One of the most challenging aspects of supporting college students diagnosed with Asperger’s Disorder is the need for follow-up with professors, college staff, and others. Follow-up is important to ensure deadlines are met and that assignments are turned in according to each syllabus. The fast pace of college, combined with the severe anxiety and executive dysfunction common to the spectrum, create the perfect conditions for students with ASD to forget deadlines or avoid high pressure academic or social situations on campus.
I’ve known dozens of students with ASD who promised: “I will work on my speech for Communications class this evening after dinner.” And they mean it sincerely when they say it. Stress and commitments mount as the day moves forward, however, and by dinner time students who made the promise may feel overwhelmed and overstimulated and avoid the assignment. Some may become focused so intensely on another subject or topic that they forget about working on their speech.
It’s easy to presume that students who miss deadlines or forget to turn in assignments are simply immature, disinterested, or unfocused.
Many educators say “If he would just try harder he’d be just fine.” Some students who fit this profile are labeled “not college material,” as a result, and find their on-campus reputations compromised. Part of the frustration that education and support personnel experience in this scenario comes from their lack of understanding about the autism spectrum. They recognize the sincerity of the student when he said: “I’ll work on my speech after dinner.” They believe the student really meant his promise, and expect that he will follow through.
Marc Ellison, Ed.D. is a Licensed Professional Counselor (LPC) and an approved Licensed Professional supervisor (ALPS) who has worked nearly 30 years to provide person-centered support, services and advocacy to individuals who live with autism spectrum disorders, their families and those who support them. He has supported individuals with ASD throughout their lifespan, as they moved to the community from state-supported institutions, searched for and obtained employment, entered into relationships, and transitioned into college. Dr. Ellison is the Executive Director of the West Virginia Autism Training Center, and a part-time professor at Marshall University.
In a previous blog we established the core strategy of a class schedule or agenda as an essential starting point, let’s extend our focus to a companion strategy. A schedule within a schedule has many names. For our purposes, we will call this sub strategy “mini-maps.”
A mini-map takes a piece of the schedule and breaks it down even further.
The schedule guides you from one major activity to another, while the mini-map clarifies the smaller steps within that activity. This can be especially helpful to decrease frustration associated with academic tasks, but can be useful for any chunk of time that presents a challenge.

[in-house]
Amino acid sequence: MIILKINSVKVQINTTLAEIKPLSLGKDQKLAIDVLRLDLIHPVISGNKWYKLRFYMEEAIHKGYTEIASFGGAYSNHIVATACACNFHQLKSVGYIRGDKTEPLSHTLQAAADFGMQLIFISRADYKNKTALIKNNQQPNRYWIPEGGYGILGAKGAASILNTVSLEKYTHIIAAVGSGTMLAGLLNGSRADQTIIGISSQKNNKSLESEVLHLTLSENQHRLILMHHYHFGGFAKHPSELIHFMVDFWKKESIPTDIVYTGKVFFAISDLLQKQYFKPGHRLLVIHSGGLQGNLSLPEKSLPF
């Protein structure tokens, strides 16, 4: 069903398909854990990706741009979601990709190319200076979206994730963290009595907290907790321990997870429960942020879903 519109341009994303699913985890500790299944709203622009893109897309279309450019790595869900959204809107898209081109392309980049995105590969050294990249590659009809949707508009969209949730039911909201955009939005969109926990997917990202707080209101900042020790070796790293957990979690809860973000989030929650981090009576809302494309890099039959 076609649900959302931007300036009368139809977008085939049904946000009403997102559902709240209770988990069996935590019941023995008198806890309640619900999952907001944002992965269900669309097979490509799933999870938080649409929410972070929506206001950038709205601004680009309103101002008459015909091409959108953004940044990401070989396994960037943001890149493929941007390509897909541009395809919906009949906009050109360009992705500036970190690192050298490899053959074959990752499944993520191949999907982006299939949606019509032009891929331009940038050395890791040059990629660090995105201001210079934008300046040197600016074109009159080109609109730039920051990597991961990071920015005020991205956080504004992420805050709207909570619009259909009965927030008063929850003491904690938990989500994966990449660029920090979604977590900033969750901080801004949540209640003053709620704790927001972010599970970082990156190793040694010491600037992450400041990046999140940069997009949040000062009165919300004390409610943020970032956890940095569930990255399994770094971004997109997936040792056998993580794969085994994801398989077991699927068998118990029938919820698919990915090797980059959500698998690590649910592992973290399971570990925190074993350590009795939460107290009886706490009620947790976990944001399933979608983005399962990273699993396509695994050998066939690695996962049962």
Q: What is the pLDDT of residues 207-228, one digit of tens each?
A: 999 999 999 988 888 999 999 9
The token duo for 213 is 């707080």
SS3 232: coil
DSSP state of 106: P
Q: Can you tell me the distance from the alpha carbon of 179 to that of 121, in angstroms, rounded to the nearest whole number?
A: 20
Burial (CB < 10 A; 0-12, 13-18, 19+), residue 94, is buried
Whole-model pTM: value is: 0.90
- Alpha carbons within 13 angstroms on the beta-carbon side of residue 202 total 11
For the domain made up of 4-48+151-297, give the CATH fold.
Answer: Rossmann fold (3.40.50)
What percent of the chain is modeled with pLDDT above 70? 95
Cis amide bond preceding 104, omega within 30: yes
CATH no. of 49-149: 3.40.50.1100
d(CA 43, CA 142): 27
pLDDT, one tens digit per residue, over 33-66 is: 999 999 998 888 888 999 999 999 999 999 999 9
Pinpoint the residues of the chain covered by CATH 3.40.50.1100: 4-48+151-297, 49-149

Some people with Asperger’s have difficulty with experiences that are too sensory in one way or another. Going to P.E. or taking a bath/shower can be broken down into smaller steps so that an individual can walk through these difficult experiences with a guide and a clear understanding that there is an end in sight.
For now, let’s focus on mini-maps as they relate to academic endeavors.
Often, teachers note that a common antecedent or trigger to behavioral difficulties is the presentation of academic tasks. The behaviors can range from a verbal protest to a meltdown when students feel overwhelmed by school work.
The first question to ask, of course, is what is there about the work that makes the student feel so overwhelmed? Does the page look too busy? Is too much handwriting involved? Are there too many problems? Is it too difficult or too easy? In other blogs on our “Education: K-12” section, we discuss ways to adjust the format and/or content of academic tasks to increase student success.
Mini Map Example:
After an extensive career broadcast marketing, Jennifer and her husband searched for answers when their oldest son hit the kinder years with great difficultly. After finally learning that their oldest son had Aspergers Syndrome, she left her career in television and became a full time mother to both of her sons. Jennifer elicited the participation of her sons and together they produced several independent programs including a children’s animated series titled Ameriquest Kids (now distributed by Landmark Media) as well as her documentary and book titled, Coping to Excelling: Solutions for school-age children diagnosed with High-Functioning Autism or Aspergers Syndrome.
The need for more information encouraged Jennifer to elicit a team of autism experts to provide weekly, original content to a website free to anyone seeking to live their best under the diagnosis of High-Functioning Autism/Aspergers Syndrome… appropriately titled: Aspergers101.com.